Seven Priorities for a New Government to Tackle HIV in the UK
Election offers opportunity to get better on HIV in the UK
NAT is concerned that HIV in the UK has gone down the political agenda, despite prevalence significantly increasing. The General Election in 2010 provides an important opportunity for politicians to commit themselves to taking action on HIV in the UK.
There are now more people than ever before – an estimated 85,000 – living with HIV in the UK. More than a quarter of those are unaware of their infection because they have not been tested, having serious consequences for individual and public health.
NAT is calling on parliamentarians, policymakers and the new Government in 2010 to take forward seven specific actions that would support better HIV testing, prevention, treatment and care, and policy in the UK:
A national screening programme for HIV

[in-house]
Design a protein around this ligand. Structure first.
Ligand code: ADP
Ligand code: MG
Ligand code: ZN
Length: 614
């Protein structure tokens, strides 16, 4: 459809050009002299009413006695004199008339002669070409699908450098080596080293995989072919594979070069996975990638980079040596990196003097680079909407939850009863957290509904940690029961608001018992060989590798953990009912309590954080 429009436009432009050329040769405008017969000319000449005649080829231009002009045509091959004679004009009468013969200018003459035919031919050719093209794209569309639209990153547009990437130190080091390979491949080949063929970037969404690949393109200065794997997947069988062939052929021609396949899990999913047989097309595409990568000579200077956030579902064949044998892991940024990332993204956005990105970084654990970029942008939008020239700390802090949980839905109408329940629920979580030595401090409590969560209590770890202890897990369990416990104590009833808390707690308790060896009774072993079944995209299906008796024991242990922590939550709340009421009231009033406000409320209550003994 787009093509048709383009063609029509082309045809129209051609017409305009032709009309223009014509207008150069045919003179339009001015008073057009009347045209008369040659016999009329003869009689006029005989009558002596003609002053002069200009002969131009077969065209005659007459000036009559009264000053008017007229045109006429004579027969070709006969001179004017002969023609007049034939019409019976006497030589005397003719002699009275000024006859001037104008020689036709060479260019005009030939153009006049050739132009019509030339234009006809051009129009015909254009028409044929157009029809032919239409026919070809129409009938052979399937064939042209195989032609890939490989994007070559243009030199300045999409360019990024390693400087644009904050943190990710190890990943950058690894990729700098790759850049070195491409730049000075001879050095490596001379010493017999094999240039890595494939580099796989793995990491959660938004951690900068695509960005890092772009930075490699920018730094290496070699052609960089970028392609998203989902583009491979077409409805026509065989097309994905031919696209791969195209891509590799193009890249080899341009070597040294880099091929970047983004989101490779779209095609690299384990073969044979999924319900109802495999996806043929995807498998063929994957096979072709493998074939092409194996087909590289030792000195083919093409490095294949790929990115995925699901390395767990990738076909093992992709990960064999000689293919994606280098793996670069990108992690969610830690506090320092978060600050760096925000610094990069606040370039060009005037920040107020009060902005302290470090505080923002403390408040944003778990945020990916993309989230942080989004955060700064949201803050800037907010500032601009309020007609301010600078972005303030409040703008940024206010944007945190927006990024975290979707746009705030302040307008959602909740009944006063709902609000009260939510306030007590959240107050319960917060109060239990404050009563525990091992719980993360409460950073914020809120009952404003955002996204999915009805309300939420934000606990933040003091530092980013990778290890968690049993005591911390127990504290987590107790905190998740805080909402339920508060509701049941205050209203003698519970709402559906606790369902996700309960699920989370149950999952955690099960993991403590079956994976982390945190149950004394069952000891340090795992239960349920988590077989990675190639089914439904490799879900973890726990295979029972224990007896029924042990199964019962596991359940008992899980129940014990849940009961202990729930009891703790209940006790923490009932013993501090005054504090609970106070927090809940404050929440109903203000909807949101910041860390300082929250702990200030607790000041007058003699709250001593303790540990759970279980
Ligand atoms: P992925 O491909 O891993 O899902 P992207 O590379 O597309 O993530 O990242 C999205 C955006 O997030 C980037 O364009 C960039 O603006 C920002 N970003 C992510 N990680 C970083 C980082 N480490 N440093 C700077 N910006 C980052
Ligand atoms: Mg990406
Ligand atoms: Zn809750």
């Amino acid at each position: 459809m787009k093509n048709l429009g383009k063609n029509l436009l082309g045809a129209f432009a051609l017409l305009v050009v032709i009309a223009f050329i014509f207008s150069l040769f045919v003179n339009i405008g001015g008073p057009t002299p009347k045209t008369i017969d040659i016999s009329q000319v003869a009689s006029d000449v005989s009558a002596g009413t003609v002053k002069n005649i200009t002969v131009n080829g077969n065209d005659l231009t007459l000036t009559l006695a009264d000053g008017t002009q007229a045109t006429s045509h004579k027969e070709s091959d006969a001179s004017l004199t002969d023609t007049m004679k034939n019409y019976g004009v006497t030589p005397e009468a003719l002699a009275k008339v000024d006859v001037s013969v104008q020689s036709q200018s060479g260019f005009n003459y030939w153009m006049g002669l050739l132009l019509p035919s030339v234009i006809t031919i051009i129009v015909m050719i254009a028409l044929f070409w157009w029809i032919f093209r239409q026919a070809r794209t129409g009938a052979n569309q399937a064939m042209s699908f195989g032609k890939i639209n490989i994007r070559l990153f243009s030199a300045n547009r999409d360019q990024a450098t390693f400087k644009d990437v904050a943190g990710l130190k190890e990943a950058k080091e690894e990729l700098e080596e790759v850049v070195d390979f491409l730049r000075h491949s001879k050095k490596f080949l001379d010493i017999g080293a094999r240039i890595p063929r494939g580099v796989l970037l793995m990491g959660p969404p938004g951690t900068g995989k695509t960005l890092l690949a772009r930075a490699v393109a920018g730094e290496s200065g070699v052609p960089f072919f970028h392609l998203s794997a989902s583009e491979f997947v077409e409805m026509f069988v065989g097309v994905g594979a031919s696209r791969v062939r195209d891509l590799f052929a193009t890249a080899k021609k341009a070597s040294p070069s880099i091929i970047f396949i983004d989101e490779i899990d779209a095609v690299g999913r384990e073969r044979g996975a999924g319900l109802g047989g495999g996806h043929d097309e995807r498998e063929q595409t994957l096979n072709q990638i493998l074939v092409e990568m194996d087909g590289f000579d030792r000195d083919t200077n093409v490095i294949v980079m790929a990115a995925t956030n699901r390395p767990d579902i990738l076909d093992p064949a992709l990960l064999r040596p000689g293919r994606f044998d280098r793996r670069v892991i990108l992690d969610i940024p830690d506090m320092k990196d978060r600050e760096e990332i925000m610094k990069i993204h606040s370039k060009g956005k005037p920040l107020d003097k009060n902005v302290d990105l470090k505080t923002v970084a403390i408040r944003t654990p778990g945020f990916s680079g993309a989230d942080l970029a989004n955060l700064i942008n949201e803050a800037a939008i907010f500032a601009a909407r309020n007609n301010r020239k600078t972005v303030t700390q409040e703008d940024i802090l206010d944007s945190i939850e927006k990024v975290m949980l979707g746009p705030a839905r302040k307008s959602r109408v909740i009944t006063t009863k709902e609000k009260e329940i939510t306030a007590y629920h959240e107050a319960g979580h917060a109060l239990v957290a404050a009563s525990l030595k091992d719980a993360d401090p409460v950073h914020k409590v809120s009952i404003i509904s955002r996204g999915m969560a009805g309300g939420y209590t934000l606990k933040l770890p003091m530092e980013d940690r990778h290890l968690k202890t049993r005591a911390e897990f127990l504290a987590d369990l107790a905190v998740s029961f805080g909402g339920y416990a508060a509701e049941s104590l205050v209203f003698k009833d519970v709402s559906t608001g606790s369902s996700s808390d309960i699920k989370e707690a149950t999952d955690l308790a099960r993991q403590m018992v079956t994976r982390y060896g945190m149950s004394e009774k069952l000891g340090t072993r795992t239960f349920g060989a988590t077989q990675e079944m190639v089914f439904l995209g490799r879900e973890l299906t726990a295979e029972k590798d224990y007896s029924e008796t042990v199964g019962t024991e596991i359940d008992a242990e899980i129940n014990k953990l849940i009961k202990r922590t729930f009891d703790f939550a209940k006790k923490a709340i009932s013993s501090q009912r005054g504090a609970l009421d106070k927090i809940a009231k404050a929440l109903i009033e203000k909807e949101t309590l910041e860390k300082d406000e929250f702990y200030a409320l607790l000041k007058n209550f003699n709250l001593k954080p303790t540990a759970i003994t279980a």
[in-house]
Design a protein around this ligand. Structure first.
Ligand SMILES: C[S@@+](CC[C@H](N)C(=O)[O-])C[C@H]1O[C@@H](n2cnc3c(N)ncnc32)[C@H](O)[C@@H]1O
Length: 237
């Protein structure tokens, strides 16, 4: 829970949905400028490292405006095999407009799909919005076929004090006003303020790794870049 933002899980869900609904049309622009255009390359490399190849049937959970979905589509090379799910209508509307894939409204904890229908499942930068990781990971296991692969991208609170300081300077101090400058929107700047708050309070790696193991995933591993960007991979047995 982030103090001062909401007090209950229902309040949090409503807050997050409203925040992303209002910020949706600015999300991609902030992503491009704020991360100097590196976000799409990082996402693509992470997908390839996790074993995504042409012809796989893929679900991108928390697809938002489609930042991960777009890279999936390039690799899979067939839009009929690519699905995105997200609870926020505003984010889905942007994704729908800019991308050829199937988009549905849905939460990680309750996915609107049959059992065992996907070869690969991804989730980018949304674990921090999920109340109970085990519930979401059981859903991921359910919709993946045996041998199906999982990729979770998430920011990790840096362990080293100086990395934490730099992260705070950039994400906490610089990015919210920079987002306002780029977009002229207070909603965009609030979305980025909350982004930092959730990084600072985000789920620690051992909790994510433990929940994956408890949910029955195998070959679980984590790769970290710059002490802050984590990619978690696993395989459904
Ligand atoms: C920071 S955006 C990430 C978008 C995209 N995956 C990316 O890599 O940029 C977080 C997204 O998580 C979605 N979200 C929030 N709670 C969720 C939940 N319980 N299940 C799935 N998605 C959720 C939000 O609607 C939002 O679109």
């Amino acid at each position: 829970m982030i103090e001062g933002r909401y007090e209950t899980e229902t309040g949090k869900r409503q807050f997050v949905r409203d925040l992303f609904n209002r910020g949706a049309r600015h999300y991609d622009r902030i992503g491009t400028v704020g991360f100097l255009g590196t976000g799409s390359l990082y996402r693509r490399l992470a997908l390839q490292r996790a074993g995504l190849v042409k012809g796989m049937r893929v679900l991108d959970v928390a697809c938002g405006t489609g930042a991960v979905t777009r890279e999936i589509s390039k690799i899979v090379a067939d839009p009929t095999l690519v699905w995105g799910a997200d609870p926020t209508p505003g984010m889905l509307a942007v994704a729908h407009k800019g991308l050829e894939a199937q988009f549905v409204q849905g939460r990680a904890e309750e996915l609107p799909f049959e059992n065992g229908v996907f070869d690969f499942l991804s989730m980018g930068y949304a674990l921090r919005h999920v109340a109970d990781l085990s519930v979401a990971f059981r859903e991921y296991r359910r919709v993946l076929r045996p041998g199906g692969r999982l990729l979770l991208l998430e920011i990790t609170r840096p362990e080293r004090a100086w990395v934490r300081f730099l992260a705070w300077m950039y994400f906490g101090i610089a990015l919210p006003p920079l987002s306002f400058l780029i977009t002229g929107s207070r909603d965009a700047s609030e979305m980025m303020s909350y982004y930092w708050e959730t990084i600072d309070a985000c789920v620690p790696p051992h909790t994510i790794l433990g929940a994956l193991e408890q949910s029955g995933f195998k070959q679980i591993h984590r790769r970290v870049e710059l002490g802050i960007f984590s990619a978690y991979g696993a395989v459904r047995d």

Nationwide reductions in the proportion of people with HIV who are diagnosed late
Increased expenditure on cost-effective HIV prevention at national and local levels, within ring-fenced public health budgets
Better treatment and care
HIV included in Department of Health long-term condition strategy, policies and programmes
The AIDS Support Grant retained, and maintained in line with the social care needs of people living with HIV
A cross-departmental strategy for HIV post-2010 which includes a clear action plan to tackle HIV-related stigma and discrimination
The appointment of a high-level ‘HIV champion’ to advocate for the HIV strategy across Whitehall, the NHS and local government
Notes to the editor:
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NAT (National AIDS Trust) is the UK’s leading charity dedicated to transforming society’s response to HIV. We provide fresh thinking, expert advice and practical resources. We campaign for change.
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